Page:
An engaging and timely image from one of England’s most notable 20th C artists, Dame Elisabeth Frink RA ( 1930 - 1993 ). This image is one of twelve prints comprising the Odyssey, a collection of colored lithographs on wove paper released by Frink in 1974. The set was published by Waddington Prints Ltd., London and printed at the Curwen Studio, London. There were only 30 sets made, signed, titled, and numbered in pencil by Frink.
Frink attended the Guildford School of Art and the Chelsea School of Art in England. At the age of 22 Frink had her first solo exhibition in London and sold a piece to the Tate Gallery - quite an accomplishment for one so young. Well recognized as a sculptor, Frink is also known for painting, drawing, and printmaking. Her art is figurative and the images are powerful, often aggressive.
In this piece, Frink uses mythological archetypes from Homer’s Odyssey to tell the story of the Debate in Ithaca, a short, cheeky version of which goes something like this:
Penelope (a woman, the Queen) has been weaving for 20 years while waiting for Odysseus (her husband, the King) to return. Everyone assumes her husband is dead and Penelope has many suitors. Penelope tells them that she will choose one of them to marry when she’s finished with her weaving, however, every night she unravels her weaving, cleverly avoiding having to marry again. Telemachus (Penelope’s son, the Prince) feels that his mother’s most ardent suitor is getting too pushy and calls for a formal counsel to debate the issue (the Debate in Ithaca). Tempers flare and the debate heats up enough so that Zeus (God, the heavy hitter) sends an Omen - two eagles appear over the counsel and proceed to tear at each other. This Omen is interpreted by a local wise man as a bad one for the suitors, namely, ‘Zeus is ticked off about this and it will not end well if you press the issue.’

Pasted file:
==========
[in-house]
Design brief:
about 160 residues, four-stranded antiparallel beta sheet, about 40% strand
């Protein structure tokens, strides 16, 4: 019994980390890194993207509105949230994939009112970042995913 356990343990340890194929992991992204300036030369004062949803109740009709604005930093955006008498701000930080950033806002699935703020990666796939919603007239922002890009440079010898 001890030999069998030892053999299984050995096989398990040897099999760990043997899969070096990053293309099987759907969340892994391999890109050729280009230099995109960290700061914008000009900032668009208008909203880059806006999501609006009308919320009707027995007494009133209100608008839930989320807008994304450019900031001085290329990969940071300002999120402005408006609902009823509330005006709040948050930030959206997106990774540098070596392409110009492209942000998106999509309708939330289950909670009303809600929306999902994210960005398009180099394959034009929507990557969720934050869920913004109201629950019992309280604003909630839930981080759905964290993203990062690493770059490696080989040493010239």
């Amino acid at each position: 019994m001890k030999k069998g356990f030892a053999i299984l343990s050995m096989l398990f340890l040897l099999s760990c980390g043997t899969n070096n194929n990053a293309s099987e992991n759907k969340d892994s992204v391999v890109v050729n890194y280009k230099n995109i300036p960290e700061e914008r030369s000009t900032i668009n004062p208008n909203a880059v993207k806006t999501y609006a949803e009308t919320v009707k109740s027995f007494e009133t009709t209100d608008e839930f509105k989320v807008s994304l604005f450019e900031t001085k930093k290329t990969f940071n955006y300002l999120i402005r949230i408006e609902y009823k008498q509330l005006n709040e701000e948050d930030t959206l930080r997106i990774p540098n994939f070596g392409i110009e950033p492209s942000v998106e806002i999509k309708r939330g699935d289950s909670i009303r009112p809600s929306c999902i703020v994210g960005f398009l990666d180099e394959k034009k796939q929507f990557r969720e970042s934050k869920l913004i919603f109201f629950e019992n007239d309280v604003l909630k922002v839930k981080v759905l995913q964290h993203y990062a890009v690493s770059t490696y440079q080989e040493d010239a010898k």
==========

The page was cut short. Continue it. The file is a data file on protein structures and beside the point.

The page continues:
CONDITION is excellent. Numbered 20/30, signed and titled by the artist. Framed under glass. Although I haven’t had the frame open, the size of the mat is just a tad over the full sheet size of wove paper that the piece was printed on, which would indicate the print is untrimmed. Measures 23 ¾” x 16 ½” overall with a sight size inside the mat of 12 ¼” x 8 ¼” - Weighs 5 lbs. 2 oz.
This image seems somehow timely given the current state of political discourse. Fighting eagles sent by an angry God as a warning. Something to think about. A fantastic piece by one of England’s greats. Enjoy!
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